BEER BOTTLE BOMBING THE HO CHI MINH TRAIL
This is a True Story!
By Colonel Joe Kittinger
As a pilot in the Air Commandos stationed at Nakhon Phanom Royal Thai Air Force Base, Thailand [NKP] during the Vietnam War. I flew the A-26 Invader aircraft that had proven itself time and again during both WW-II and the Korean War. The A-26 was flown by us on night reconnaissance and interdiction missions on the Ho Chi Minh Trail. NKP was referred to as NAKED FANNY by those of us fortunate to be stationed at the base which was located on the western bank of the Mekong River which put us uncomfortably close to Communist activity.
I dropped empty Pearl beer bottles at least once a week on various roads in Laos and North Viet Nam. We would close the bomb bay doors and then fill the bomb bay up with the bottles. It was a great morale booster as we all laughed our butts off thinking about the reaction of the enemy to this harassment. The crew chief didn't particularly like it as his aircraft would smell of stale beer for a week after. We often wondered what the gooks after-action reports looked like after receiving this incoming!!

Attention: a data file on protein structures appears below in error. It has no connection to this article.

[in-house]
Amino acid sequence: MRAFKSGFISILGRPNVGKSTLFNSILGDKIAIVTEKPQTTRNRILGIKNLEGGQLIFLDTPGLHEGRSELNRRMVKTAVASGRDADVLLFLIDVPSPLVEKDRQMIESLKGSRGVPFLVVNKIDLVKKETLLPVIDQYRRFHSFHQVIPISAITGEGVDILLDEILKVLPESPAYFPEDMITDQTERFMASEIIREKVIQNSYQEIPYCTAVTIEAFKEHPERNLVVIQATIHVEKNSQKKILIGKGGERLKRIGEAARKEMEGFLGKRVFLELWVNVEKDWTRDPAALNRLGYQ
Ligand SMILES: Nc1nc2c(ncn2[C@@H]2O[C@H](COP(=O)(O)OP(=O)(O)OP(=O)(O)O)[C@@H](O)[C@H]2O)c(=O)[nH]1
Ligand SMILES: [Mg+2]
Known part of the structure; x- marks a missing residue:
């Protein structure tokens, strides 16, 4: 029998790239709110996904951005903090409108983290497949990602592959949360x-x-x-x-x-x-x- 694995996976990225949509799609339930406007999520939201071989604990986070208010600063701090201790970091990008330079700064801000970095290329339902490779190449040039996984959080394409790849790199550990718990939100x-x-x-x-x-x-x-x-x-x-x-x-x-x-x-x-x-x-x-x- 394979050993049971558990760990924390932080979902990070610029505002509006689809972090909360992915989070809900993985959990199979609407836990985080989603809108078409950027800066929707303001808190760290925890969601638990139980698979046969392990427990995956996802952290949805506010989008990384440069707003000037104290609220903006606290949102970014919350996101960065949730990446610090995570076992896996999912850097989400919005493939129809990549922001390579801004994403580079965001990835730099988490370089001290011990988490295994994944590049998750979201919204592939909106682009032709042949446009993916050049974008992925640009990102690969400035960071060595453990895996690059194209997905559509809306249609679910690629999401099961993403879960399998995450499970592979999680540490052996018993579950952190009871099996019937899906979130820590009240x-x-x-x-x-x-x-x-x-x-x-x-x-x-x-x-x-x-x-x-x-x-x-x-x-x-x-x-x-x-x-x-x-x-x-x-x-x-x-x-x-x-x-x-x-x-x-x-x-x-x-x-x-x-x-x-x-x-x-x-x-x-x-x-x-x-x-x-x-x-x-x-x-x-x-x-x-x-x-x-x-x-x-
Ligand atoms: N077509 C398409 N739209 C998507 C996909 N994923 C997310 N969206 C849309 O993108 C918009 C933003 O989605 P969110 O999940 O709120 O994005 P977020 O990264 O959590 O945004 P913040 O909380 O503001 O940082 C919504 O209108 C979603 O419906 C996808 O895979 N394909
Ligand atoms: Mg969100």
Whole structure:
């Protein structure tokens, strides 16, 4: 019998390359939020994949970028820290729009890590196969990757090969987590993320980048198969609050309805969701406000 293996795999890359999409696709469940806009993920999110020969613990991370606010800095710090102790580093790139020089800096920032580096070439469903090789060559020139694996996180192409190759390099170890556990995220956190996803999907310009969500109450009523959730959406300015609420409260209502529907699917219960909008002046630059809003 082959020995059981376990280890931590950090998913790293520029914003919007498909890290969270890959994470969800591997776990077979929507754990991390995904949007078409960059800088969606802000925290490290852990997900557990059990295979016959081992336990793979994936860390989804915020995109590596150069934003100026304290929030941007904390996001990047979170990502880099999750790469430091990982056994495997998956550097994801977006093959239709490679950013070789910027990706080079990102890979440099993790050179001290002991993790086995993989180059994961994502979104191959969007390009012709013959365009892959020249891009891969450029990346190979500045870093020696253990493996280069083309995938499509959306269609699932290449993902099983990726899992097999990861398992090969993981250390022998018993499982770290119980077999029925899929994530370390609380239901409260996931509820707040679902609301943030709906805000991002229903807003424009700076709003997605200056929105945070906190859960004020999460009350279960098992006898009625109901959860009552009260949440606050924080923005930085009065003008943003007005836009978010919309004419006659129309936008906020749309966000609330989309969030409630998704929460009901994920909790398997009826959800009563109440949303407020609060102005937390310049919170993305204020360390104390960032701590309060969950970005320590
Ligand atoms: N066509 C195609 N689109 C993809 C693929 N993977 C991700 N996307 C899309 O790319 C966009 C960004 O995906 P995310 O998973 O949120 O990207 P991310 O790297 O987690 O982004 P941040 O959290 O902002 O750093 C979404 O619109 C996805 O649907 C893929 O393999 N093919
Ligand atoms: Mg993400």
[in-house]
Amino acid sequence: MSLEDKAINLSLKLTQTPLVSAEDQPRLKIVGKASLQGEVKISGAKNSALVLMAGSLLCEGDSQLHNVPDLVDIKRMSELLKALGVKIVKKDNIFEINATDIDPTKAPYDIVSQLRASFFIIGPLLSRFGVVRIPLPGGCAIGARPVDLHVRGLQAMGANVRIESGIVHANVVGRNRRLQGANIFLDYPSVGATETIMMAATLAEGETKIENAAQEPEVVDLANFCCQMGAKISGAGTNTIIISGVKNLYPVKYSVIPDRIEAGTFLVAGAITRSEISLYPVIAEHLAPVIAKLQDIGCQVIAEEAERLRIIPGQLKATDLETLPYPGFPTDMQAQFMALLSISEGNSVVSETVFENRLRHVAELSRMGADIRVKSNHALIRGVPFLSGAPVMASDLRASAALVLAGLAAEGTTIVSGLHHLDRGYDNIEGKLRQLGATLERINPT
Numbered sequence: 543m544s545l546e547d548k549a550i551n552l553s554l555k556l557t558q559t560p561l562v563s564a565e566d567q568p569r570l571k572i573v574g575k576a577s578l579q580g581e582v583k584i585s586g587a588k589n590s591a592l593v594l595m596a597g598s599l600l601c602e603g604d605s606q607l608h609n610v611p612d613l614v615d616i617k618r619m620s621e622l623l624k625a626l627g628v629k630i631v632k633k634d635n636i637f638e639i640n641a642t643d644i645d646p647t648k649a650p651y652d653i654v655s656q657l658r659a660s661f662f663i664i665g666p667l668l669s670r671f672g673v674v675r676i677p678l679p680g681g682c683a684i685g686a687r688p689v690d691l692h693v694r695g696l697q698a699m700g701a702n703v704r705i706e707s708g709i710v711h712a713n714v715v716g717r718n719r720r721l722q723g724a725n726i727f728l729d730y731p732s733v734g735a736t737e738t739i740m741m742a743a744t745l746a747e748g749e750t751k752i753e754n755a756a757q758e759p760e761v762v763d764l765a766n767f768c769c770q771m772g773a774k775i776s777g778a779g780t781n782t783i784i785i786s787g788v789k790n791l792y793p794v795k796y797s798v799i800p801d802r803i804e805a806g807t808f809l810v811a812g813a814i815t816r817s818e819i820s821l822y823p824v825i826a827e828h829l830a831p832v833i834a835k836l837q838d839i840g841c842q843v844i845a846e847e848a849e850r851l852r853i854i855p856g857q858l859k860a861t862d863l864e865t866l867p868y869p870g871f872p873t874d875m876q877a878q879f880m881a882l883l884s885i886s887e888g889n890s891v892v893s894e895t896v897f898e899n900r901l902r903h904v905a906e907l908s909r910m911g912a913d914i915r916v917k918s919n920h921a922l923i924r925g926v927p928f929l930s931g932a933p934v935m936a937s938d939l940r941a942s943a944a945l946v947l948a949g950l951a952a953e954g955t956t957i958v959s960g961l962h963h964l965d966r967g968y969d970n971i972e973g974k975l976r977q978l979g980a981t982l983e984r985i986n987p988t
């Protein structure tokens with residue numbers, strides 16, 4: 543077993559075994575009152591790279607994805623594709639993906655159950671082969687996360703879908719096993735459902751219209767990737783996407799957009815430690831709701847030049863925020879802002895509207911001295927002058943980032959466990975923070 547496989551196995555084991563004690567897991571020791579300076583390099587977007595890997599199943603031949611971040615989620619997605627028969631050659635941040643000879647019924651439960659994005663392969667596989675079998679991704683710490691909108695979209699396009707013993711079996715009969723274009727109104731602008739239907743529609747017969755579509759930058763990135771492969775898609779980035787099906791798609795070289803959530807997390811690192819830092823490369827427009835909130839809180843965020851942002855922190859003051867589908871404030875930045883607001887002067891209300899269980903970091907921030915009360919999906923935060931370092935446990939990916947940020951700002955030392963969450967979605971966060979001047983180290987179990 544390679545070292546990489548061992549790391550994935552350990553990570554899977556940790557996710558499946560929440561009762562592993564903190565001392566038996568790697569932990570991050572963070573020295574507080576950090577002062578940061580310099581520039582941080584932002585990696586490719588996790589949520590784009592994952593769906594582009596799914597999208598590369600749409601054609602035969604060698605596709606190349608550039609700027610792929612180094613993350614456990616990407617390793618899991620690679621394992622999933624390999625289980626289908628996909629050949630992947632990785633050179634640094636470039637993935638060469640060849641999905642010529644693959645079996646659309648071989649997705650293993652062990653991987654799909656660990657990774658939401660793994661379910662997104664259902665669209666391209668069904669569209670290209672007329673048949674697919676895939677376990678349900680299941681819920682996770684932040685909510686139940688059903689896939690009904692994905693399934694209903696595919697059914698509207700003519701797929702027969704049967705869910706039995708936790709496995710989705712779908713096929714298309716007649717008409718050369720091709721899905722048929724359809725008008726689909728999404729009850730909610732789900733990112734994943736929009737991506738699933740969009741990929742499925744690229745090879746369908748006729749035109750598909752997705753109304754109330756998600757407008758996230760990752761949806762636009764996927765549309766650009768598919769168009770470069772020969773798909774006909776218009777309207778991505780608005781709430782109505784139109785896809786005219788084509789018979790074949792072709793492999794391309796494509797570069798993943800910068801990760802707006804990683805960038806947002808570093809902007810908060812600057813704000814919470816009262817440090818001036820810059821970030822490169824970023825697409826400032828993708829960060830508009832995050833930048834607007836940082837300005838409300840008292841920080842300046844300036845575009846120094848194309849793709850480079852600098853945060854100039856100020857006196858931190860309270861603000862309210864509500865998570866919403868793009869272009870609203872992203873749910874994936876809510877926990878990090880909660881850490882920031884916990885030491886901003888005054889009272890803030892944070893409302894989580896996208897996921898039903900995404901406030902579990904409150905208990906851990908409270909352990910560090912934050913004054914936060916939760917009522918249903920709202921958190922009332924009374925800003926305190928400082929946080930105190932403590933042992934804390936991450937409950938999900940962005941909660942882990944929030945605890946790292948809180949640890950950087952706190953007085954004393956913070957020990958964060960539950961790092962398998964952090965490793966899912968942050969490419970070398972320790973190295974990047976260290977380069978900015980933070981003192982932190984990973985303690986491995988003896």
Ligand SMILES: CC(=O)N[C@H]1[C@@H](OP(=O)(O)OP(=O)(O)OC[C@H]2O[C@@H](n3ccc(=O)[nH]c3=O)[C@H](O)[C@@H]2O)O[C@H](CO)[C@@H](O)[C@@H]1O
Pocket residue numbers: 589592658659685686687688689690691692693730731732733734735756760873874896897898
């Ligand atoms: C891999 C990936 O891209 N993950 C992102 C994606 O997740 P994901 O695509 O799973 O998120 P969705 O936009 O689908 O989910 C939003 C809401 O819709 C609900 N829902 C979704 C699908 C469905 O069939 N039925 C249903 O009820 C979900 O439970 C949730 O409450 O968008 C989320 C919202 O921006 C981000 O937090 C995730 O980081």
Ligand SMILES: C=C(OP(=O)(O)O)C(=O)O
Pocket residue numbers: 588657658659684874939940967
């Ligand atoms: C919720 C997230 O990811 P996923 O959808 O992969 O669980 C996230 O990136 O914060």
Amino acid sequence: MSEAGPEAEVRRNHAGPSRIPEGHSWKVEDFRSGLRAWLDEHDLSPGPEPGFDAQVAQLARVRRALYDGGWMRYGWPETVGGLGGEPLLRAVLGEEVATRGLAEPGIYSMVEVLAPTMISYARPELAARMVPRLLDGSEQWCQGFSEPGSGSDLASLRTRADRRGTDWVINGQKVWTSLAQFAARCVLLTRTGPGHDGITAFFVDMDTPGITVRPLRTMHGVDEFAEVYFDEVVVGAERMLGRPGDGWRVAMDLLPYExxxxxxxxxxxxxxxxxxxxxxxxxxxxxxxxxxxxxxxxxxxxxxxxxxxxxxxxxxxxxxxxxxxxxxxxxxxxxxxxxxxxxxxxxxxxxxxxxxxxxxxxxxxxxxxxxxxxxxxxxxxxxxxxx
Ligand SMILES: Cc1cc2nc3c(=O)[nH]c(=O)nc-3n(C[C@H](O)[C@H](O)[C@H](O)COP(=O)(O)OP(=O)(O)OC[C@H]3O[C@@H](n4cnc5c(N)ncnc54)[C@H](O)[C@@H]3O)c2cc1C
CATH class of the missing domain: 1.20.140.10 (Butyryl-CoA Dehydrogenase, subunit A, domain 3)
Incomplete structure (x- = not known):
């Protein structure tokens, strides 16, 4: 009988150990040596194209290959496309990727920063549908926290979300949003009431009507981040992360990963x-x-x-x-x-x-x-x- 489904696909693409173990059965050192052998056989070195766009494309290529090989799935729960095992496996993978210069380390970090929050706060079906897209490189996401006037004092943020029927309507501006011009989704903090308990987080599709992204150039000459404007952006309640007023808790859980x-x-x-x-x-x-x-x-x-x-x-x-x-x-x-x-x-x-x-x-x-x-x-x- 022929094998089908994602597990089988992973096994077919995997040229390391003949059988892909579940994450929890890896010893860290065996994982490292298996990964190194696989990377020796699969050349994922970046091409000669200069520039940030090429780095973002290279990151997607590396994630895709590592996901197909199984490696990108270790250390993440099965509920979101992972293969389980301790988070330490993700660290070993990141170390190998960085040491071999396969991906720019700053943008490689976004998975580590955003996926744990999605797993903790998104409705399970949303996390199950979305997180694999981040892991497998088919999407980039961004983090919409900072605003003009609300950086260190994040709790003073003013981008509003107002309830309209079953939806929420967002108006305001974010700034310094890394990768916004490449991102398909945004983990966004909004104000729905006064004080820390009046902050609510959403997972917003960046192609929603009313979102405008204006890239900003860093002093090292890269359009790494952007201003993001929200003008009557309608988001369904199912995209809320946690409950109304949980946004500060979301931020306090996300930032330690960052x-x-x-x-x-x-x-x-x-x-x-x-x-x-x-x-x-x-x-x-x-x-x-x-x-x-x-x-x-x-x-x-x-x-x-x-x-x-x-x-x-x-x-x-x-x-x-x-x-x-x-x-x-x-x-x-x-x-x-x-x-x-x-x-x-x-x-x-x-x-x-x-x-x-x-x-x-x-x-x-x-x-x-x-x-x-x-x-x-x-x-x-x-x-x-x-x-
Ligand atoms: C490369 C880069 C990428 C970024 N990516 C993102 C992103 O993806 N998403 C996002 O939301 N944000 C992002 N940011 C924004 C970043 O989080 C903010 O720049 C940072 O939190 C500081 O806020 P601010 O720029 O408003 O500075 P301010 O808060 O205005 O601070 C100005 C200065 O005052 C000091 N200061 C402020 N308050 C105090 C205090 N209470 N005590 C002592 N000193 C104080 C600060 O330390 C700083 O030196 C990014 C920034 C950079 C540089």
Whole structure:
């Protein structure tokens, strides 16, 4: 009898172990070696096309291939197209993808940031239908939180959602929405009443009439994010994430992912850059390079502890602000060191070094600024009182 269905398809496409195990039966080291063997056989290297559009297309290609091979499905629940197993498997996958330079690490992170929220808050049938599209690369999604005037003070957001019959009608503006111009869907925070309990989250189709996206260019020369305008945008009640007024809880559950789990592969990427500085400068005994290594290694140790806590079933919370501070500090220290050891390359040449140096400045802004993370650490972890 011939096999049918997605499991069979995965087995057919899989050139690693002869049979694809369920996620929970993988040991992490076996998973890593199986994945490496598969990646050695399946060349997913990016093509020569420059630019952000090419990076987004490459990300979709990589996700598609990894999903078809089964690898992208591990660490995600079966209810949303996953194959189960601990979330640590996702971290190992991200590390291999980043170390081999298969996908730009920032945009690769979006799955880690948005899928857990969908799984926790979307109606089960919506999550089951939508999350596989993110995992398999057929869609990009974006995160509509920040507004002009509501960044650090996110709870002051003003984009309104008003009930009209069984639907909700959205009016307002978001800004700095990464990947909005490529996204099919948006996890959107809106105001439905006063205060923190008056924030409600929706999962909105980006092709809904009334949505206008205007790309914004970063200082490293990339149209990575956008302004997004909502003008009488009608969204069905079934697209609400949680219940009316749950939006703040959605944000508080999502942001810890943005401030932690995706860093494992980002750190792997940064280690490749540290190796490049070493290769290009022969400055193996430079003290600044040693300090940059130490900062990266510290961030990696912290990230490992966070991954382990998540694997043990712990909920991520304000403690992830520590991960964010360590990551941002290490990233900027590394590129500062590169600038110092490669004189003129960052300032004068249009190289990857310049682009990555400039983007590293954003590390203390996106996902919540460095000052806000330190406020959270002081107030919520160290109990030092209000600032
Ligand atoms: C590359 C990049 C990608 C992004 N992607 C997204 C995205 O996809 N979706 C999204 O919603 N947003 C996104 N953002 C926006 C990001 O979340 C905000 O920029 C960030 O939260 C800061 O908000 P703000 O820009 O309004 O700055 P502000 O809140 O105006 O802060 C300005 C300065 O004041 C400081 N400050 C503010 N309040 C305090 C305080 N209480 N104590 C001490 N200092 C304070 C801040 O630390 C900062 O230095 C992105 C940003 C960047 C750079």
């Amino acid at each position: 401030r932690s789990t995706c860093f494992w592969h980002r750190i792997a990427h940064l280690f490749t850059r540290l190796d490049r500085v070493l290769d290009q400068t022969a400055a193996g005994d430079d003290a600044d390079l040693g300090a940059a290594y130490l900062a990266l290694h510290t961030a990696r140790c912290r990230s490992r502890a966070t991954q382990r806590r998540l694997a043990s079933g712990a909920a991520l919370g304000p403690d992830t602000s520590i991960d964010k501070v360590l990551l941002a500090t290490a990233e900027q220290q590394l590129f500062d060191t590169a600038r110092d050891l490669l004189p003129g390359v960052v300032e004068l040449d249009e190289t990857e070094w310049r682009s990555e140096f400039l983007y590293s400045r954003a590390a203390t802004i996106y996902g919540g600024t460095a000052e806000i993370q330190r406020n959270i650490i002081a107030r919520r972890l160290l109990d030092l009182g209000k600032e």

I can't say enough about the crew chiefs, gun-plummers and maintenance folks that we had at NKP. They were the best that I was associated with during three tours in Viet Nam. They worked during the day with no shelter, slept in bare barracks, but unfailingly produced the aircraft that we flew each evening. What a Group. There was no Unions, no "It's not my job" responses. We had enthusiastic Gun plummers working on engines and dedicated crew chiefs helping to load bombs. If I had to go to war again, that's the group of flight line folks that I would want to fight with. I was privileged to have served with them. No enemy could defeat such spirit and "can do" attitude.
Flying the A-26 in combat was exciting. It was a thrill a minute attacking trucks and other transportation vehicles and even AAA sites at night on the HCM Trail winding into South Vietnam. We encountered lots of enemy anti-aircraft weapons and small arms fire lighting up the black nights to pucker the seat cushions on the A-26. Night combat is always a challenge. Although it was exciting and demanding, it was also a lot of fun as long as you kept your wits and retained your sense of humor.
Colonel Joe Kittinger